Many people, reading such things in the sacred books of the Jews and of the Christians are left with the idea that the people actually believed that their creations WERE gods, and that the people were in fact serving the hand-crafted idols themselves. This simply isn’t true, and never has been. Even the ancient story of Abraham, (Midrash Bereishit 38:13) the father of the Jewish faith, makes clear that the idols were nothing more than statues.

“One time a woman came with a basket of bread. She said to Abraham, “Take this and offer it to the gods”. Abraham got up, took a hammer in his hand, broke all the idols to pieces, and then put the hammer in the hand of the biggest idol among them. When his father came back and saw the broken idols, he was appalled. “Who did this?” he cried. “How can I hide anything from you?” replied Abraham calmly. “A woman came with a basket of bread and told me to offer it to them. I brought it in front of them, and each one said, “I’m going to eat first.” Then the biggest one got up, took the hammer and broke all the others to pieces.” “What are you trying to pull on me?” asked Terach, “Do they have minds?” Said Abraham: “Listen to what your own mouth is saying? They have no power at all! Why worship idols?”

Now then… This story makes clear that Terach, the maker of the idols, and Abraham, the one who took offerings to the idols were both aware that the idols themselves were not gods. So we are again left baffled at why the Divine would be so upset about these little statues. Clearly the Jews were extremely concerned with the practice of idolatry to they point where they exclaimed:

“Whosoever recognizes idols has denied the entire Torah; and whosoever denies idols has recognized the entire Torah” (Midrash Sifre, Deut. 54 and parallel passages)

“As soon as one departs from the words of the Torah, it is as though he attached himself to the worship of idols” (Midrash Sifri, Deut 43)

It was forbidden to look upon images (Tosefta to Shabbat 17.1), and even thinking of idolatrous worship was prohibited (Berakhot 12b); if one saw a place where an idol had once stood, he was commanded to utter a special prayer (Berakhot 61a). Sacrifice to an idol or anything which in any way might be associated with idolatry was forbidden. It was even insufficient to reduce an idol to powder and scatter it to the winds, since it would fall to earth and become a fertilizer; but the image must be sunk in the Dead Sea, whence it could never emerge (Avodah Zarah 3.3); nor might the wood of the “asherah” be used for purposes of healing (Pesachim 25a).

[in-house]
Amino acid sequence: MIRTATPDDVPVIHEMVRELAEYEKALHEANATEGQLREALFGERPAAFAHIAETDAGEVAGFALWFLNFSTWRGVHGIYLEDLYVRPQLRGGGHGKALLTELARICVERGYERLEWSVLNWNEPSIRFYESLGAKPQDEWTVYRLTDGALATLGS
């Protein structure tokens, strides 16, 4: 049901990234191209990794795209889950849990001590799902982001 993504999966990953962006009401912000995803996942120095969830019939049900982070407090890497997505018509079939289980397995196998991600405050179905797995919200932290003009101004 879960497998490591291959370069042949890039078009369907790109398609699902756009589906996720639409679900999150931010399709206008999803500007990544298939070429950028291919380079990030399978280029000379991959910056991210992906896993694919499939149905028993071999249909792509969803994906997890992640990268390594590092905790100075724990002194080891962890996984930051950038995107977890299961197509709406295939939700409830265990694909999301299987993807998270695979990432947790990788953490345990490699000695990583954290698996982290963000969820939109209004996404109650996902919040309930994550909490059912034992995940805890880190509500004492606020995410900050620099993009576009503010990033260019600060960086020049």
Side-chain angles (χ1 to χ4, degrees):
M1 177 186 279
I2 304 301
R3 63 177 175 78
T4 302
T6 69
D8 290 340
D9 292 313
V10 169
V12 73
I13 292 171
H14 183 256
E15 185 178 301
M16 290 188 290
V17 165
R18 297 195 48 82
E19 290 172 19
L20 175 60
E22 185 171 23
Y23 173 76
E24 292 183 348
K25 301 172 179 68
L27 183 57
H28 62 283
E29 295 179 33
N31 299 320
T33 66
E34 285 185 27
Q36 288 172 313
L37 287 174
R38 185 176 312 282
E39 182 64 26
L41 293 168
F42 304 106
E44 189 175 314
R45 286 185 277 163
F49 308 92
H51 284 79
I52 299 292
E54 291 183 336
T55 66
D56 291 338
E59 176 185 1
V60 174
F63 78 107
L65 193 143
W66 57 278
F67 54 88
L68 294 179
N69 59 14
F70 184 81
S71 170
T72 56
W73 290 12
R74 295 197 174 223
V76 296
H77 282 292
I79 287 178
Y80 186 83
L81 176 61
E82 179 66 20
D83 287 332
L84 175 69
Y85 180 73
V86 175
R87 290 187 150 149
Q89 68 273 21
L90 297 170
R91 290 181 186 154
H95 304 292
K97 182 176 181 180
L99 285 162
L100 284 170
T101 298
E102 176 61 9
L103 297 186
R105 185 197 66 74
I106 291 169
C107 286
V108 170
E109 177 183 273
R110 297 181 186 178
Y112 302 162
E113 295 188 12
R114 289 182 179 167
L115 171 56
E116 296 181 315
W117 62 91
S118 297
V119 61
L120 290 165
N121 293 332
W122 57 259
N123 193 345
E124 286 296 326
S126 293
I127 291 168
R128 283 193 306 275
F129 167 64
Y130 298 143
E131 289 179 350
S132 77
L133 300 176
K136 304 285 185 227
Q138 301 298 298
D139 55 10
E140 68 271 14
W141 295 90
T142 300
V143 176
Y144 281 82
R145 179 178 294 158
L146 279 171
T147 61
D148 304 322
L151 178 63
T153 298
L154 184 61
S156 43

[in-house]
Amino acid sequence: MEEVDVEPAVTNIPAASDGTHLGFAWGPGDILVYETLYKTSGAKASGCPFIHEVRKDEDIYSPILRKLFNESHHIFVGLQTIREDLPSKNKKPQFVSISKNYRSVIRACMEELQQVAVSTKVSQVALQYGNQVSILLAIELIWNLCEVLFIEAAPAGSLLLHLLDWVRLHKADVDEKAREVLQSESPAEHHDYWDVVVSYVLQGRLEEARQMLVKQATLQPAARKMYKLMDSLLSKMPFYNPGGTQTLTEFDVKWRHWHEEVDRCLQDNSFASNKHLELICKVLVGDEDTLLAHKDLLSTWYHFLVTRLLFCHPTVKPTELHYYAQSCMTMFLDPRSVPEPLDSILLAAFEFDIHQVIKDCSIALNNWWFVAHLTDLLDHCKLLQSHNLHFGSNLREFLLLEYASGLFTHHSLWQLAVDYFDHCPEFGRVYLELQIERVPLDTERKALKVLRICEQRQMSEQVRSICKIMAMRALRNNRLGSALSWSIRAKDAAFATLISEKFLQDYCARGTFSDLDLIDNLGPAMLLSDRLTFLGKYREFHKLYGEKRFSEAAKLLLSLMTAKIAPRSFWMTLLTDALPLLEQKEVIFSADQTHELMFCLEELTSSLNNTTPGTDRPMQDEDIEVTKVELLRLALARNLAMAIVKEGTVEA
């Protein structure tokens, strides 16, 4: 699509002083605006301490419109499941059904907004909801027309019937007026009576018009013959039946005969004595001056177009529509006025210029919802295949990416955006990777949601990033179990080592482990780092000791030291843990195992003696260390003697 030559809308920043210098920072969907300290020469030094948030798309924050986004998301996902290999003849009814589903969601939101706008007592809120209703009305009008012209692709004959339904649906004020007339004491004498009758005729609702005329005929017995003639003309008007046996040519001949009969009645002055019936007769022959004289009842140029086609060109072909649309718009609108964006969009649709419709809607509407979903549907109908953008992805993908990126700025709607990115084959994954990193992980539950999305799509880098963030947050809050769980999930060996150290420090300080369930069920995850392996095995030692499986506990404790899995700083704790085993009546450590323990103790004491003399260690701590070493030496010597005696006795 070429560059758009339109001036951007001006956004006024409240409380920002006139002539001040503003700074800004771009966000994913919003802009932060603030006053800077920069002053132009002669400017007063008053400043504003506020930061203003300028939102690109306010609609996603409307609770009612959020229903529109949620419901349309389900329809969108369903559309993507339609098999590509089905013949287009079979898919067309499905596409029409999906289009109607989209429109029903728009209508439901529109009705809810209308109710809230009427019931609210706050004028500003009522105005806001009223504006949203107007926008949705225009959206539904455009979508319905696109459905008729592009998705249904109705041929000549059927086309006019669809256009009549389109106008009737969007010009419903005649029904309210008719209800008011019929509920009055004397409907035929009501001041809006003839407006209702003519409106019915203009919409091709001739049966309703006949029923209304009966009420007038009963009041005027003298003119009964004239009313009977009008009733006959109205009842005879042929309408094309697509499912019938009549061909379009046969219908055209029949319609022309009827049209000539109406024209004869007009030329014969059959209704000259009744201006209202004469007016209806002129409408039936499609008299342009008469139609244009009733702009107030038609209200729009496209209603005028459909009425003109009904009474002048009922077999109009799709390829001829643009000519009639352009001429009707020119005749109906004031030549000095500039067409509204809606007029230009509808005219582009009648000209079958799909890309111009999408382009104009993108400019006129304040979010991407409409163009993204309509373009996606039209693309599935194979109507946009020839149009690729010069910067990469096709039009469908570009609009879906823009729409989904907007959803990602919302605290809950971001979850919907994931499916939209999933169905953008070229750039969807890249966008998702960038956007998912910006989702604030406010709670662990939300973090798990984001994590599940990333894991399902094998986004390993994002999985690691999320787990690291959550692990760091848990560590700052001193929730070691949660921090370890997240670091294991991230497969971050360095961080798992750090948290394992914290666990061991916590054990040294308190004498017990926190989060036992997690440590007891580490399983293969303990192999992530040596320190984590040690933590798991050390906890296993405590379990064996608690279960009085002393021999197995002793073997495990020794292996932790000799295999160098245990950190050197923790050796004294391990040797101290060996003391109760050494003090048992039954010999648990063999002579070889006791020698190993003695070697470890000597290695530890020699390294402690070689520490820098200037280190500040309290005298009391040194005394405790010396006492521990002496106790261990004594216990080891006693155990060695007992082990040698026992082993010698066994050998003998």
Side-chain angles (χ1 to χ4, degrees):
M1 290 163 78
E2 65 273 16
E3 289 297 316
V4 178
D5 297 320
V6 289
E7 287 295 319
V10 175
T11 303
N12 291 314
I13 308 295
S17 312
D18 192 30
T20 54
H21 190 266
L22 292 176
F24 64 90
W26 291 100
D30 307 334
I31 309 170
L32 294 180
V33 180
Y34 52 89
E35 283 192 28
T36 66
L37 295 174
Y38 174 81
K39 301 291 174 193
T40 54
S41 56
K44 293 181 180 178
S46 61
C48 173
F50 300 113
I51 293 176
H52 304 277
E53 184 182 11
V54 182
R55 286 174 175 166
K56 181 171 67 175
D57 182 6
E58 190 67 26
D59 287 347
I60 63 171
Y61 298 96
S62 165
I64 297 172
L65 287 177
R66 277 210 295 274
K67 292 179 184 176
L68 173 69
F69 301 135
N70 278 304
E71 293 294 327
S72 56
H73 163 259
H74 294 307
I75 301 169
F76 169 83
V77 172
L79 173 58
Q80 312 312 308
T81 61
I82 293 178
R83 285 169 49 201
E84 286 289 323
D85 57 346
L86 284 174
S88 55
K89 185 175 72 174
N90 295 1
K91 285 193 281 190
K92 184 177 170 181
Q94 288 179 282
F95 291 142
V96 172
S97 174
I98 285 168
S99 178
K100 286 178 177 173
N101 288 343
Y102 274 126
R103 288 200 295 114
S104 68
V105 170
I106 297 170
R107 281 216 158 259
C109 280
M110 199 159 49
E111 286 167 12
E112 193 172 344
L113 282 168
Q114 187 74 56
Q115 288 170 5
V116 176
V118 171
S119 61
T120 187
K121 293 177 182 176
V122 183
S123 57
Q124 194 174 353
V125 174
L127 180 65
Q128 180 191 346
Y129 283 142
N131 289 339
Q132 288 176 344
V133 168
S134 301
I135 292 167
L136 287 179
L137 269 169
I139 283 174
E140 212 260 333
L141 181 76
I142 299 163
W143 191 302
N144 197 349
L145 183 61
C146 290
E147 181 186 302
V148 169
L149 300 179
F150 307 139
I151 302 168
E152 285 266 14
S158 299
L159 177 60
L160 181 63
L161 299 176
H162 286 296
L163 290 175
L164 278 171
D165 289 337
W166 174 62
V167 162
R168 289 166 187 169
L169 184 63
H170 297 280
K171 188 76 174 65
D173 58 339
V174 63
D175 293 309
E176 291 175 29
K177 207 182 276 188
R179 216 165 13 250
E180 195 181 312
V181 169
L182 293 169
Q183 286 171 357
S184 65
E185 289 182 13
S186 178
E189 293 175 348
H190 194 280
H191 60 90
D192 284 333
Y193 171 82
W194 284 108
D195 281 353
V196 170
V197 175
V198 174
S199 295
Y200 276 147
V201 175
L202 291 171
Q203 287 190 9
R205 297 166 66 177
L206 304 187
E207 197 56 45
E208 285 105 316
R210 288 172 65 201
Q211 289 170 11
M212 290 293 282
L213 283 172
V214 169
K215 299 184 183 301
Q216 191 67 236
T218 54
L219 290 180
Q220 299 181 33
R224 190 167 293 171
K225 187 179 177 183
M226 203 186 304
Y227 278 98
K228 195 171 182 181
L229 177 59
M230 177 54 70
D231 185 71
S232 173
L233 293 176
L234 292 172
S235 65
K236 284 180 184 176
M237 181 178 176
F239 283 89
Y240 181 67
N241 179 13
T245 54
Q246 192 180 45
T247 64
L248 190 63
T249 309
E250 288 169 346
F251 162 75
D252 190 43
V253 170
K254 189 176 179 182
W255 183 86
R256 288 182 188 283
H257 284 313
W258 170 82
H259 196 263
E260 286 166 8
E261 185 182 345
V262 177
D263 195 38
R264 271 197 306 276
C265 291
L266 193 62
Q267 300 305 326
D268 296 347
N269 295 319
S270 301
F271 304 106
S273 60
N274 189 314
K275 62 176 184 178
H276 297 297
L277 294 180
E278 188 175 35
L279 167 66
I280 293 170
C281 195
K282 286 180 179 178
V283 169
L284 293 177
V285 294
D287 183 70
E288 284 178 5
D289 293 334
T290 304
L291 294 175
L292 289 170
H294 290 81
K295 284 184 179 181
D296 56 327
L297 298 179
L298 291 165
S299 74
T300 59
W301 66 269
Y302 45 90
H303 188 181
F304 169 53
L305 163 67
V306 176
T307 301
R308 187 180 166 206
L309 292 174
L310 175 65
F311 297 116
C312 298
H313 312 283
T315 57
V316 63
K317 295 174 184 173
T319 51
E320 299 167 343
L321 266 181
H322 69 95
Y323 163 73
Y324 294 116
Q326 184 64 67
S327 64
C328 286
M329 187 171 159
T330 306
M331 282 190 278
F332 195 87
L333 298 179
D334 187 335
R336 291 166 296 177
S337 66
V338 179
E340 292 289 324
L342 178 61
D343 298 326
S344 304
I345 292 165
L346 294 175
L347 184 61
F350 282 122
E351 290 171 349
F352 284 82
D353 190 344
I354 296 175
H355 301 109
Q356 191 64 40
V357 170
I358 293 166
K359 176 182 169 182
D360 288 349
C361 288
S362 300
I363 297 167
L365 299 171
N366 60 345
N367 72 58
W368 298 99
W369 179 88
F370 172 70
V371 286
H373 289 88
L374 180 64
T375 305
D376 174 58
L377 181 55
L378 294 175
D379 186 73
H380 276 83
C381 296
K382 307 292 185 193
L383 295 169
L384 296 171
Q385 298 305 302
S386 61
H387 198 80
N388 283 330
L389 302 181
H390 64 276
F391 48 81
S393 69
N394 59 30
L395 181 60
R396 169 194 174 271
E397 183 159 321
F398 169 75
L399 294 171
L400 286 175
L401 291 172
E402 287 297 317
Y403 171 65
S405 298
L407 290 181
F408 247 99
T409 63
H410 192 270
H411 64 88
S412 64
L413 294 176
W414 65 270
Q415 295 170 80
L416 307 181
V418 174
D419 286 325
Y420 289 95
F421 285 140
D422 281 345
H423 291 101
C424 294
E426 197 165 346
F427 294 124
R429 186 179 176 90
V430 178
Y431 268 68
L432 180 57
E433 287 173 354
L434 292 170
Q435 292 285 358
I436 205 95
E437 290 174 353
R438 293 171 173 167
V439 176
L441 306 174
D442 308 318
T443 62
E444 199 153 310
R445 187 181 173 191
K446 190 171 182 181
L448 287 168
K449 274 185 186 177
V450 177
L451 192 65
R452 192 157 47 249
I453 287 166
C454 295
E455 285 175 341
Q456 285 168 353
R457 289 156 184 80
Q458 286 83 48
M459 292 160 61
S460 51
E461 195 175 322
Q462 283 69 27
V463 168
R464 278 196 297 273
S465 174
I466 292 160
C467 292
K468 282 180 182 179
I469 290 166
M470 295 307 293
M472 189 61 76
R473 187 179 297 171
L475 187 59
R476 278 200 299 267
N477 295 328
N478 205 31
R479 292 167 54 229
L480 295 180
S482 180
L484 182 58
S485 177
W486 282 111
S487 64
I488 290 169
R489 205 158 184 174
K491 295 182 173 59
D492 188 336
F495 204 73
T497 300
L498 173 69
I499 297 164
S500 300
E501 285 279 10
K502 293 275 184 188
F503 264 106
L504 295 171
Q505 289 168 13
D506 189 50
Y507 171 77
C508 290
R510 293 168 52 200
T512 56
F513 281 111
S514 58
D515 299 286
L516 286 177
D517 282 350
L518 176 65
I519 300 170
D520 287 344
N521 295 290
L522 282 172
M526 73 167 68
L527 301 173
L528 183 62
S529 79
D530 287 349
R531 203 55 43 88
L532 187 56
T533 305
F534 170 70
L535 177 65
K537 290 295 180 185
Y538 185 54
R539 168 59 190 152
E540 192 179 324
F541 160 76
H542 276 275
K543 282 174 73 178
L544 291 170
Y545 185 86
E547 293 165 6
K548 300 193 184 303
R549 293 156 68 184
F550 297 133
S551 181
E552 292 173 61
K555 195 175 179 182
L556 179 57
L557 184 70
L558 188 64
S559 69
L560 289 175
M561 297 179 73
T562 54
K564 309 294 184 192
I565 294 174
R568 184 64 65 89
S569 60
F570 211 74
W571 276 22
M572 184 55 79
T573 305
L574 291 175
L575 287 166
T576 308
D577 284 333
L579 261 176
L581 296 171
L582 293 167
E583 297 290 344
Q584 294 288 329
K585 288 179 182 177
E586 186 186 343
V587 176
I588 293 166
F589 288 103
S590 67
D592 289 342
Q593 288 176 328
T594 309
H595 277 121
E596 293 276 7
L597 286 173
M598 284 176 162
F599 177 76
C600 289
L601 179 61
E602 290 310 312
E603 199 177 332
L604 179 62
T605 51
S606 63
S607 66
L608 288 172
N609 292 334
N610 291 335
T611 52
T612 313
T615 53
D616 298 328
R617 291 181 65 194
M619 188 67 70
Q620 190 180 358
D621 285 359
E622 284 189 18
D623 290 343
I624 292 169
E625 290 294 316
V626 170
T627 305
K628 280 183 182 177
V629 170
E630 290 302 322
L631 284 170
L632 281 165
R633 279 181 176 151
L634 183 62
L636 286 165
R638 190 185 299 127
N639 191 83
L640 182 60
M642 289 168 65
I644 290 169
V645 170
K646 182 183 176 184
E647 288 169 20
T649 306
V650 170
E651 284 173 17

Indeed, even in his The Guide to the Perplexed, I:36, the RaMBaM (Rabbi Moshe Ben Maimon / Maimonides) holds the view that in the original form of idolatry, no one actually believed that their idols were gods; he states that idol-worshipers understood that their idols were only representations of a god, or G-d Himself. Idols are “worshiped in respect of its being an image of a thing that is an intermediary between ourselves and God.”. The RaMBaM, however, goes further in defining idolatry than other Jewish thinkers before or since; he states that it is idolatry to believe that G-d is subject to any affections at all. Not only believing that God has a body, but merely believing “that one of the states of the body belong to Him, you provoke His jealousy and anger, kindle the fire of his wrath, and are a hater, an enemy and an adversary of God, much more so than an idolater.” The RaMBaM spends the first one-third of the Guide attempting to show that a literalist understanding of the metaphors, idioms, and homonyms in the Torah are idolatrous in this regard. For the RaMBaM, and other philosophers in the neo-Aristotelian mold, it is idolatry to believe that God has positive attributes. The RaMBaM’s negation of positive attributes to God reaches its epitomes in the Guide I:56, where he states that “the relation between us and God, may He be exalted, is considered to be non-existent.”